When accused-appellant coerced Cortez to reveal the whereabouts of the "Sinumpaang Salaysay" for the purpose of destroying the same, the act merely constituted grave coercion, as provided in Article 286 of the Revised Penal Code. The crime of grave coercion has three elements: (a) that any person is prevented by another from doing something not prohibited by law, or compelled to do something against his or her will, be it right or wrong; (b) that the prevention or compulsion is effected by violence, either by material force or such a display of it as would produce intimidation and, consequently, control over the will of the offended party; and (c) that the person who restrains the will and liberty of another has no right to do so; in other words, that the restraint is not made under authority of law or in the exercise of any lawful right.[10]

While Villamar did compel Cortez to do something against the latter's will, it must be stressed that the same cannot be categorized as an act of illegal detention. Still, when Villamar was erroneously charged for illegal detention, such oversight will not preclude a guilty verdict for the crime of grave coercion. In the early case of U.S. v. Quevengco,[11] and, recently, in People v. Astorga,[12] we ruled that the offense of grave coercion is necessarily included in illegal detention; as such, an information for illegal detention will not bar the accused from being convicted of grave coercion, instead of the original charge.[13]

Regarding the imposable penalty, while we are aware that on February 20, 1995, Republic Act No. 7890[14] was passed increasing the penalty for crimes involving grave coercion from arresto mayor to prision correccional, such amendatory law will not be applicable in the instant case, for the simple reason that the offense was committed on June 5, 1993 two years before the said law was enacted. Villamar should not, therefore, be unduly prejudiced by the imposition of a more severe penalty than that provided in the law then in force.[15]

Hence, we hold that the penalty of arresto mayor, which is from one month and one day to six months, is the proper penalty imposable for the offense of grave coercion. Considering that Villamar has been in detention since July 1995 to the present - a period of three years and three months - which is well beyond the six-month maximum period provided for in the old law, there is no more legal justification for her continued confinement. She has served for a longer period than she should.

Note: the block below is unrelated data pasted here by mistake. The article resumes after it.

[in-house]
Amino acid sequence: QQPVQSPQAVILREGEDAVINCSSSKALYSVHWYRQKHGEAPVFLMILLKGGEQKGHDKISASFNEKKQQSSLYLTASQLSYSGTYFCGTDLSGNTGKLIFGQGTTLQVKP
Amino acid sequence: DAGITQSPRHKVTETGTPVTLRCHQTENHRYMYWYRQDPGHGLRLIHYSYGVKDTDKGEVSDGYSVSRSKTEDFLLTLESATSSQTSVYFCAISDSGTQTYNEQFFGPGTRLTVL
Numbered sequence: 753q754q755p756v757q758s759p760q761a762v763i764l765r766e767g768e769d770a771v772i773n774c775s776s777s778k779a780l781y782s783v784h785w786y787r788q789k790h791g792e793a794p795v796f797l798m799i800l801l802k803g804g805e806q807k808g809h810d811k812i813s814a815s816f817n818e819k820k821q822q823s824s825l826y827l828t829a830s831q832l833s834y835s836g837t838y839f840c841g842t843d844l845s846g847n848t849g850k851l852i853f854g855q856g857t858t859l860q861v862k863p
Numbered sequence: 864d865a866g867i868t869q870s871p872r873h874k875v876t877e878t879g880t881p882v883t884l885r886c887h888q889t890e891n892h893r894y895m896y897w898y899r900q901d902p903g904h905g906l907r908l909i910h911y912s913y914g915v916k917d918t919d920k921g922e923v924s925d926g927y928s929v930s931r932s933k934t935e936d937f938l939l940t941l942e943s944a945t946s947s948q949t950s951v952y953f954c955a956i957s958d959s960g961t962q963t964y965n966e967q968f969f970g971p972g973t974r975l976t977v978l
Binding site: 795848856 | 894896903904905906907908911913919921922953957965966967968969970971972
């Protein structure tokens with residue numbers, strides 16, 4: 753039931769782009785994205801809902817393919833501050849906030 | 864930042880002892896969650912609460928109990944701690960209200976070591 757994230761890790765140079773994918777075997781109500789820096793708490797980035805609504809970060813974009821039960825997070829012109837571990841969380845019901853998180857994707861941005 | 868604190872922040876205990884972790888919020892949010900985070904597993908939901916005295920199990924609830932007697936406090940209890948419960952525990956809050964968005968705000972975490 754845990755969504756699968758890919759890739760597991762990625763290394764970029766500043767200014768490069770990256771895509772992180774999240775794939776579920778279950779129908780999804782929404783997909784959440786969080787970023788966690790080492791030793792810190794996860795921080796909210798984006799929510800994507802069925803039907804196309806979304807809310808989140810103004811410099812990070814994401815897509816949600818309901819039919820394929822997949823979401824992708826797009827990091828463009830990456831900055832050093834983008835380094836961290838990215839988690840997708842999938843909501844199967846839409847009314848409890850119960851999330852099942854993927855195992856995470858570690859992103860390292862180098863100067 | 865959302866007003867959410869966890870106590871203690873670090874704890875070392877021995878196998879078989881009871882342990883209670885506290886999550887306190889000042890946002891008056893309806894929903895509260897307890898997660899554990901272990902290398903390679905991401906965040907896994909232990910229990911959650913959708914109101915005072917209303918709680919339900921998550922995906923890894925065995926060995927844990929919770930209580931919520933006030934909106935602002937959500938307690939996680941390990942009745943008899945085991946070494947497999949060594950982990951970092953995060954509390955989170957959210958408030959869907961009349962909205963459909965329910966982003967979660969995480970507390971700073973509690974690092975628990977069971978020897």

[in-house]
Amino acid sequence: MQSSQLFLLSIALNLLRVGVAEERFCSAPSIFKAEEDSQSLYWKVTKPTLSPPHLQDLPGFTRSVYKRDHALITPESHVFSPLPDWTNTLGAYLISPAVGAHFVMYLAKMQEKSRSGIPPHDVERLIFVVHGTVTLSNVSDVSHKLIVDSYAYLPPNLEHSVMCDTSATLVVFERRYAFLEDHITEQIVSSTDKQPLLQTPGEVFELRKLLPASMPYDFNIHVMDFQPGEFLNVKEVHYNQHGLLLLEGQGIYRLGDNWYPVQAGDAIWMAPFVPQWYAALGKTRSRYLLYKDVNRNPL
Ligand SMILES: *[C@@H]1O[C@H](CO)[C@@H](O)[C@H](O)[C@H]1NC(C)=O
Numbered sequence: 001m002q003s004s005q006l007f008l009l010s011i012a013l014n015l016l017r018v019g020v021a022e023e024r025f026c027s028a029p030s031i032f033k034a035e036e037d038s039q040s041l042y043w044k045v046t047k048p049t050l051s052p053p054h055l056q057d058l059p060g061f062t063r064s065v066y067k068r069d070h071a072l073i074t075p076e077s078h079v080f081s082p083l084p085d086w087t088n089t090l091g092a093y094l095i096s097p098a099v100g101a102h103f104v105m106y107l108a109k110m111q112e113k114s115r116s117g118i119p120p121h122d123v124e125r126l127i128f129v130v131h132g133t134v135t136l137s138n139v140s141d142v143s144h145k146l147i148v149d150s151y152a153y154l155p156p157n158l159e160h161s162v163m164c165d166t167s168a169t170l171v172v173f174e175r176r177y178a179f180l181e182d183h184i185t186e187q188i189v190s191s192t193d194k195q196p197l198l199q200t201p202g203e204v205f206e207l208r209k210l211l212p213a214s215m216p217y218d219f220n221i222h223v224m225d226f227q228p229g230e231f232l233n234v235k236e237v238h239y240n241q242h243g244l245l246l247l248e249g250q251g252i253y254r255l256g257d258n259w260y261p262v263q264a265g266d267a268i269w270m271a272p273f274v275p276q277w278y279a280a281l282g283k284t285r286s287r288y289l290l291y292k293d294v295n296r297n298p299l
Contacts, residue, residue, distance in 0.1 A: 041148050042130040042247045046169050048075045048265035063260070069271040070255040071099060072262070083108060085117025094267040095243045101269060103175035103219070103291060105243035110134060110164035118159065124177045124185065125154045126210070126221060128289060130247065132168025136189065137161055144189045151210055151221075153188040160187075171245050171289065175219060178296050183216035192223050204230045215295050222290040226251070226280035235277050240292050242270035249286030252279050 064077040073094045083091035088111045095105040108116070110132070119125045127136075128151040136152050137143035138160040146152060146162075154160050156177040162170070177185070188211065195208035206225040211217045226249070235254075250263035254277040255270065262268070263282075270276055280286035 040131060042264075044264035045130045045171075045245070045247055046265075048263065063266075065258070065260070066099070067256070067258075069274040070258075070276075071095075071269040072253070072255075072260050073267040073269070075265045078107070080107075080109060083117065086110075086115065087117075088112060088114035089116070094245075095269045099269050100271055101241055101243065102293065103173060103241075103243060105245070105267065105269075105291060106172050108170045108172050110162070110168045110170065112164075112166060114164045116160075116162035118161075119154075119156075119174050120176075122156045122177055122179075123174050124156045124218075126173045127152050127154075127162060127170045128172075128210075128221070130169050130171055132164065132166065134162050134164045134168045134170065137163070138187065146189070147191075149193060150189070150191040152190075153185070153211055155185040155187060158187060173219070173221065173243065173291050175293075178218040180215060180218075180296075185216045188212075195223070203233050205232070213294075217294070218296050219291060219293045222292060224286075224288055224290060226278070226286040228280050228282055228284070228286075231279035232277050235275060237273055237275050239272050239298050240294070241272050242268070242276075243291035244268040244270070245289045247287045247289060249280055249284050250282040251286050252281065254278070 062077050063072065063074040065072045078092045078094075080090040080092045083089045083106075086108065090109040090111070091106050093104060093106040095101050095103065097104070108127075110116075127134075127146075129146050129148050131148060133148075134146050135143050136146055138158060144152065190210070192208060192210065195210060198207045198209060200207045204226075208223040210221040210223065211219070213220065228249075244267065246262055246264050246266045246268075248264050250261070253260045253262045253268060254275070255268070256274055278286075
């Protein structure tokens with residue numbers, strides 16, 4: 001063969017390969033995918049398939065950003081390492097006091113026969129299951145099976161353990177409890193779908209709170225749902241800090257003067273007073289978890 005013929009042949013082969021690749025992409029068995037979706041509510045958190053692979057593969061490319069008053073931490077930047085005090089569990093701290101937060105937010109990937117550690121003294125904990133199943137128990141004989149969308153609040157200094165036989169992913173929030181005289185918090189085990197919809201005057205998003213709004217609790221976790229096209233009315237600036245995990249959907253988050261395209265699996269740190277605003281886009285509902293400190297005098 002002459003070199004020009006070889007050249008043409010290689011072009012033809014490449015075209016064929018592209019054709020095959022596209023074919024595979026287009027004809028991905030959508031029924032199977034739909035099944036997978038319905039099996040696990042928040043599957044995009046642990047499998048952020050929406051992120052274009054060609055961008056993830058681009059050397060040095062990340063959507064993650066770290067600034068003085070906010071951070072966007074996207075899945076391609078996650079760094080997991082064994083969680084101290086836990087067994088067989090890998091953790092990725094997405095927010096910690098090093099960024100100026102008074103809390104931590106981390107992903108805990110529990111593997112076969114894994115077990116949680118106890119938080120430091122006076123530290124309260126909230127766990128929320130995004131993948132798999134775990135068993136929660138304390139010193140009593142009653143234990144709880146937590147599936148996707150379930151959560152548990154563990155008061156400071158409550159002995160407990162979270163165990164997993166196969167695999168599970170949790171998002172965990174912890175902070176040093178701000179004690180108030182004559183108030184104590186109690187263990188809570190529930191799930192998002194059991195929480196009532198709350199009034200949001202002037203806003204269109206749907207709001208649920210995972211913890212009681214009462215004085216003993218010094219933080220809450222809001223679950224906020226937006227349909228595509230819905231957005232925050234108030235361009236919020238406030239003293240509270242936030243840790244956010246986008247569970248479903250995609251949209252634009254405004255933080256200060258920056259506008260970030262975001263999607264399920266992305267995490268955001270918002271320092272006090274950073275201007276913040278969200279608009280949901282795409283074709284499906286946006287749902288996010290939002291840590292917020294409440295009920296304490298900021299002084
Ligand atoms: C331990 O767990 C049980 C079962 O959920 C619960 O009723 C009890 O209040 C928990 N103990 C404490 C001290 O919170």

WHEREFORE, in view of the foregoing, the appeal is PARTIALLY GRANTED. Appellant is convicted only for grave coercion and is sentenced to six (6) months of arresto mayor. Unless she is being held for some other lawful cause, her immediate RELEASE is hereby ordered, considering that she has served beyond the maximum penalty imposed by law. Costs de oficio.


Narvasa, C.J. (Chairman), Kapunan, Purisima and Pardo, JJ., concur.

[1] Rollo, pp. 144-164.

[2] Rollo, p. 72.

[3] Reyes, the Revised Penal Code, Book Two, 1993, p. 475.

[4] People v. De la Cruz, 277 SCRA 173 (1997).

[5] People v. Sinoc, 275 SCRA 357 (1997).

[6] TSN, June 27, 1994, p. 9.

[7] People v. Gadoy, 250 SCRA 676 (1995).

[8] Rollo, p. 105.

[9] Reyes, The Revised Penal Code, Book II, 1993, p. 476.

[10] Aquino, The Revised Penal Code, 1988, pp. 66-67.

[11] 2 Phil. 412 (1903).

[12] G.R. No. 110097, December 22, 1997.

[13] Sec. 4, Rule 120. Judgment in case of variance between allegation and proof. - When there is variance between the offense charged in the complaint or information, and that proved or established by the evidence, and the offense as charged is included in or necessarily includes the offense proved, the accused shall be convicted of the offense proved included in that which is charged, or of the offense charged included in that which is proved.

[14] Republic Act No. 7890, "An Act Amending Article 286, Section Three, Chapter Two, Title Nine of Act No. 3815, As Amended, Otherwise Known as The Revised Penal Code."

[15] Article 22, Revised Penal Code.